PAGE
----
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Friday, Aug. 22, 2014

Flying quilt finds its way back home

Thursday, February 26, 2009

(Photo)
Highland isn't the only area the Feb. 5 tornado devastated last year. Ruby Kersten and her family, who are from Atkins, lost their home and business in the tornado. When the Atkins Chronicle did a special for the anniversary of the tornado, Kersten saw a picture of her grandmother's quilt that she had lost during the storm. Lenice Hansen of Cherokee Village had been trying to find the owner of the quilt for over a year, putting articles and pictures of it in different publications. Mark Hoosier, manager of Alco, found the quilt the day after the tornado behind his store in Highland. Photo/Amanda Powers
After over a year of searching for the owner of a quilt that was found in Highland after the tornado, Lenice Hansen was honored to give it back to its rightful owner.

Mark Hoosier, manager of Highland Alco, said he was walking behind the store the morning after the Feb. 5, 2008, tornado hit to assess the damage. "I saw this quilt lying in the grass and I picked it up," Hoosier said. "I called Lenice thinking it could be cleaned and given to someone who had lost their belongings in the tornado."

Hansen, along with others at the Peace Lutheran Church, is in a quilting group. "The first thing Lenice said was, 'We'll see if we can find who this belongs to,'" Hoosier said.

Hansen said she checked with locals who had lost their homes and the quilt didn't belong to any of them. Her next step in finding who the quilt belonged to was putting it on the Areawide Media Web site.

Hansen said she still received no leads on the quilt so she contacted Country Living Magazine and put a picture of the quilt along with the story in the March issue of the magazine.

"I knew as I was cleaning up the quilt and patching it that it was handmade," Hansen said. Hansen had the quilt in a bedroom on one of her beds just waiting to find its owner.

After the one year anniversary of the Feb. 5 tornado, Hansen received the call she had been waiting for. Pam Owen of Atkins called and said her friend was the owner of the quilt.

Ruby Kersten and her family had lost everything in the tornado. Kersten had the quilt stored in a camper that was demolished by the tornado.

"All that was left of the camper was the chassis, and it was wrapped around a tree," Kersten said. "We had belongings scattered everywhere."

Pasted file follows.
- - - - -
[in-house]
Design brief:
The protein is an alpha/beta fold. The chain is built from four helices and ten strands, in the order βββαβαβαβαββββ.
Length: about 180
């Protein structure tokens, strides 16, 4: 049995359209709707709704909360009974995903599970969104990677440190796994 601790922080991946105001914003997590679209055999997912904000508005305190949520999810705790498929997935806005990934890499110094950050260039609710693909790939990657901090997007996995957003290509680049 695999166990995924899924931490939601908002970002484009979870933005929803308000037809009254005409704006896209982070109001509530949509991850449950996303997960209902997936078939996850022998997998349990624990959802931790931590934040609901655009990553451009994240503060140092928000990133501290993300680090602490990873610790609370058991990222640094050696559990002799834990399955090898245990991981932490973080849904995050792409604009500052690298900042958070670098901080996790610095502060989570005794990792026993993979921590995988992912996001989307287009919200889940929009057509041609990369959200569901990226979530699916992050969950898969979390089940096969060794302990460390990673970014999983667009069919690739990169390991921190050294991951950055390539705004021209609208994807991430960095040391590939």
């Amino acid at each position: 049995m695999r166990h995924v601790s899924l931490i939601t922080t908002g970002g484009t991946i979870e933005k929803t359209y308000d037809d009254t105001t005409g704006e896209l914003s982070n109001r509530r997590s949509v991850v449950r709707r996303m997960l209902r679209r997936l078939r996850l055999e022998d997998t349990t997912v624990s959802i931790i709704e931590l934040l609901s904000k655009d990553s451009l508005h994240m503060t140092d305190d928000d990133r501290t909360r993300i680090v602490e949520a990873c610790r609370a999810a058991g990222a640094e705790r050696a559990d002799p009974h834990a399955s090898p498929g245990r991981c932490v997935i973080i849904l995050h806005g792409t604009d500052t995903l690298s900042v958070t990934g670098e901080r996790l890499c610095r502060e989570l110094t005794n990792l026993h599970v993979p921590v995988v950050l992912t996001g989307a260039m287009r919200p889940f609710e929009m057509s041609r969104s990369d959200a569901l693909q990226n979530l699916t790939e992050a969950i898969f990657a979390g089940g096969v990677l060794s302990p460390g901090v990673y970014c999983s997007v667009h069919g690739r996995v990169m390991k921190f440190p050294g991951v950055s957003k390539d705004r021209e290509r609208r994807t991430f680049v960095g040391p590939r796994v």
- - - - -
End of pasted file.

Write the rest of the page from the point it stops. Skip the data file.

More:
Kersten said she had a room that was lined with family pictures and all that was left hanging after the tornado was a cross.

Kersten came across the picture of her quilt in the Atkins Chronicle. The paper had done a special issue for the anniversary of the tornado and had used the picture of the quilt and the article from the Country Living Magazine.

"I walked into the restaurant and told Pam, that's grandma's quilt," Kersten said. But they said all they had was a post office box to get a hold of Hansen.

"I called city hall and told the woman on the phone I had to get a hold of her (Hansen)," Owen said. "She said, 'Well honey, they probably don't have electricity or phones or anything.'"

Owen said she finally obtained Hansen's number and it took her over a week to get hold of her due to the ice storm. Owen and Kersten made the three hour drive from Atkins Feb. 20 to meet Hansen and get the quilt she had been missing for over a year.

"My husband said, 'Why don't you just send her the money for postage, it would be cheaper,' but I said, 'Oh, no I have to meet her,'" Kersten said.

When Kersten walked through Hansen's door, she immediately hugged Hansen with tears streaming down her face.

"I can still remember sitting with my grandma and poking the needle back through the top while she was quilting," Kersten said as she grasped the quilt with tears in her eyes.

Kersten said she and her husband are still living in a camper while their home is being built.

Hoosier told Kersten, "Right where the tornado changed course is where it dropped the quilt."



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